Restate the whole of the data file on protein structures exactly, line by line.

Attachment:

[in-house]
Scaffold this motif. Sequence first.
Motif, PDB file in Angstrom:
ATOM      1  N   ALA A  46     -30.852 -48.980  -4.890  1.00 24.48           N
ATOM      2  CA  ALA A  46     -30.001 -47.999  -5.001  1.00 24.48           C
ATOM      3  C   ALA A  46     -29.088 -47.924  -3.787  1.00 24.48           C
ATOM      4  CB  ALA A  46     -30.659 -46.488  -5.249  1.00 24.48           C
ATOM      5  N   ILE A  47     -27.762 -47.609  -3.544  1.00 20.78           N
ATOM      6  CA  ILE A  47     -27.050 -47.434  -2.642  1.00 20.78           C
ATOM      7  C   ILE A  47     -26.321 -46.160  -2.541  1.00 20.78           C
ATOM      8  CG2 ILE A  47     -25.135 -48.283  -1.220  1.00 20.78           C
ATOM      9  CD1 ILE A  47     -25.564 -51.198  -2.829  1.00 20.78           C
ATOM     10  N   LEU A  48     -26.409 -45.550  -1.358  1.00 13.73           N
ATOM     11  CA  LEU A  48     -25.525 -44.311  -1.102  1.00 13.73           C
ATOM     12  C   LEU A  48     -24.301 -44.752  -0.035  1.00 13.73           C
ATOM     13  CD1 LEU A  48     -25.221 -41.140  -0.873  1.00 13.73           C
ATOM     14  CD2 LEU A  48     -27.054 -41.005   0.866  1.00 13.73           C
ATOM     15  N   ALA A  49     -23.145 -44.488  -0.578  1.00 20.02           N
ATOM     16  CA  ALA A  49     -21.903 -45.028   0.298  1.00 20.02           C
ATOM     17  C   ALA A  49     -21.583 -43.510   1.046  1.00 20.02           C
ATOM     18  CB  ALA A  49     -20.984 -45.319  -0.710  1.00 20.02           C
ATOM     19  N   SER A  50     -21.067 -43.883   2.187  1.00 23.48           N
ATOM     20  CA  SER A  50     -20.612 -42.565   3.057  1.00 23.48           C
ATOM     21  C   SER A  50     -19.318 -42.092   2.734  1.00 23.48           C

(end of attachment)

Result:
[in-house]
Scaffold this motif. Sequence first.
Motif, PDB file in Angstrom:
ATOM      1  N   ALA A  46     -30.852 -48.980  -4.890  1.00 24.48           N
ATOM      2  CA  ALA A  46     -30.001 -47.999  -5.001  1.00 24.48           C
ATOM      3  C   ALA A  46     -29.088 -47.924  -3.787  1.00 24.48           C
ATOM      4  CB  ALA A  46     -30.659 -46.488  -5.249  1.00 24.48           C
ATOM      5  N   ILE A  47     -27.762 -47.609  -3.544  1.00 20.78           N
ATOM      6  CA  ILE A  47     -27.050 -47.434  -2.642  1.00 20.78           C
ATOM      7  C   ILE A  47     -26.321 -46.160  -2.541  1.00 20.78           C
ATOM      8  CG2 ILE A  47     -25.135 -48.283  -1.220  1.00 20.78           C
ATOM      9  CD1 ILE A  47     -25.564 -51.198  -2.829  1.00 20.78           C
ATOM     10  N   LEU A  48     -26.409 -45.550  -1.358  1.00 13.73           N
ATOM     11  CA  LEU A  48     -25.525 -44.311  -1.102  1.00 13.73           C
ATOM     12  C   LEU A  48     -24.301 -44.752  -0.035  1.00 13.73           C
ATOM     13  CD1 LEU A  48     -25.221 -41.140  -0.873  1.00 13.73           C
ATOM     14  CD2 LEU A  48     -27.054 -41.005   0.866  1.00 13.73           C
ATOM     15  N   ALA A  49     -23.145 -44.488  -0.578  1.00 20.02           N
ATOM     16  CA  ALA A  49     -21.903 -45.028   0.298  1.00 20.02           C
ATOM     17  C   ALA A  49     -21.583 -43.510   1.046  1.00 20.02           C
ATOM     18  CB  ALA A  49     -20.984 -45.319  -0.710  1.00 20.02           C
ATOM     19  N   SER A  50     -21.067 -43.883   2.187  1.00 23.48           N
ATOM     20  CA  SER A  50     -20.612 -42.565   3.057  1.00 23.48           C
ATOM     21  C   SER A  50     -19.318 -42.092   2.734  1.00 23.48           C